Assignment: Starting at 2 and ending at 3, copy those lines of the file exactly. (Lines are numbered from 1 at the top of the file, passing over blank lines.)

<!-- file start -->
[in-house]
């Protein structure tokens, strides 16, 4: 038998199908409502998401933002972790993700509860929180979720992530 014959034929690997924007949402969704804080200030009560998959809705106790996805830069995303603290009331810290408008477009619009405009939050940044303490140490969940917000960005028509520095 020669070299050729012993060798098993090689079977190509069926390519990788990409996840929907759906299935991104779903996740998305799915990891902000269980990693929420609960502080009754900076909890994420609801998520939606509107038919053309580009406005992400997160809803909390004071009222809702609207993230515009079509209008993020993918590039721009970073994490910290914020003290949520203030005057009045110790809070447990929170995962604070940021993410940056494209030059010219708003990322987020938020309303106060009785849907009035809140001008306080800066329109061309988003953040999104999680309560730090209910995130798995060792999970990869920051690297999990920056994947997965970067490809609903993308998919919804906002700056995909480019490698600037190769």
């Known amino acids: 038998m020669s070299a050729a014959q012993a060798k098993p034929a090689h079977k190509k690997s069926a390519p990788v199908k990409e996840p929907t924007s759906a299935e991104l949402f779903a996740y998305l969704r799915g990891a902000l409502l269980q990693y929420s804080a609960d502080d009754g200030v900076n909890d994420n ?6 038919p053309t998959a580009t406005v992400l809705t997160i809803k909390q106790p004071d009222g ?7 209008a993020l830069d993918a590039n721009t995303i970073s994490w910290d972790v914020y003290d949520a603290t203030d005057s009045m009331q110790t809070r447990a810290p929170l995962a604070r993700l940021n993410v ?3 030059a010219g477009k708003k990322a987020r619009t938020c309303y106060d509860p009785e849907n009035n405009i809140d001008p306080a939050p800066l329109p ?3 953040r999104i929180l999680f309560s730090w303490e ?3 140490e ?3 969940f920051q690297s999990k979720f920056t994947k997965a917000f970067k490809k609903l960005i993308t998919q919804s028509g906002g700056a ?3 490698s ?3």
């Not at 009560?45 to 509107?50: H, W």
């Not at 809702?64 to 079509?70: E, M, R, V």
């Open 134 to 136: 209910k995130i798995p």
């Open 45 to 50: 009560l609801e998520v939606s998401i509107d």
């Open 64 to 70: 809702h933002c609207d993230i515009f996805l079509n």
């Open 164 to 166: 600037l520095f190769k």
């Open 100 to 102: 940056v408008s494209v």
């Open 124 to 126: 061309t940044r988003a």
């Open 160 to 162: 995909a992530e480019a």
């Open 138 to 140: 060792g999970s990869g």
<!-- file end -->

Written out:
């Protein structure tokens, strides 16, 4: 038998199908409502998401933002972790993700509860929180979720992530 014959034929690997924007949402969704804080200030009560998959809705106790996805830069995303603290009331810290408008477009619009405009939050940044303490140490969940917000960005028509520095 020669070299050729012993060798098993090689079977190509069926390519990788990409996840929907759906299935991104779903996740998305799915990891902000269980990693929420609960502080009754900076909890994420609801998520939606509107038919053309580009406005992400997160809803909390004071009222809702609207993230515009079509209008993020993918590039721009970073994490910290914020003290949520203030005057009045110790809070447990929170995962604070940021993410940056494209030059010219708003990322987020938020309303106060009785849907009035809140001008306080800066329109061309988003953040999104999680309560730090209910995130798995060792999970990869920051690297999990920056994947997965970067490809609903993308998919919804906002700056995909480019490698600037190769």
């Known amino acids: 038998m020669s070299a050729a014959q012993a060798k098993p034929a090689h079977k190509k690997s069926a390519p990788v199908k990409e996840p929907t924007s759906a299935e991104l949402f779903a996740y998305l969704r799915g990891a902000l409502l269980q990693y929420s804080a609960d502080d009754g200030v900076n909890d994420n ?6 038919p053309t998959a580009t406005v992400l809705t997160i809803k909390q106790p004071d009222g ?7 209008a993020l830069d993918a590039n721009t995303i970073s994490w910290d972790v914020y003290d949520a603290t203030d005057s009045m009331q110790t809070r447990a810290p929170l995962a604070r993700l940021n993410v ?3 030059a010219g477009k708003k990322a987020r619009t938020c309303y106060d509860p009785e849907n009035n405009i809140d001008p306080a939050p800066l329109p ?3 953040r999104i929180l999680f309560s730090w303490e ?3 140490e ?3 969940f920051q690297s999990k979720f920056t994947k997965a917000f970067k490809k609903l960005i993308t998919q919804s028509g906002g700056a ?3 490698s ?3």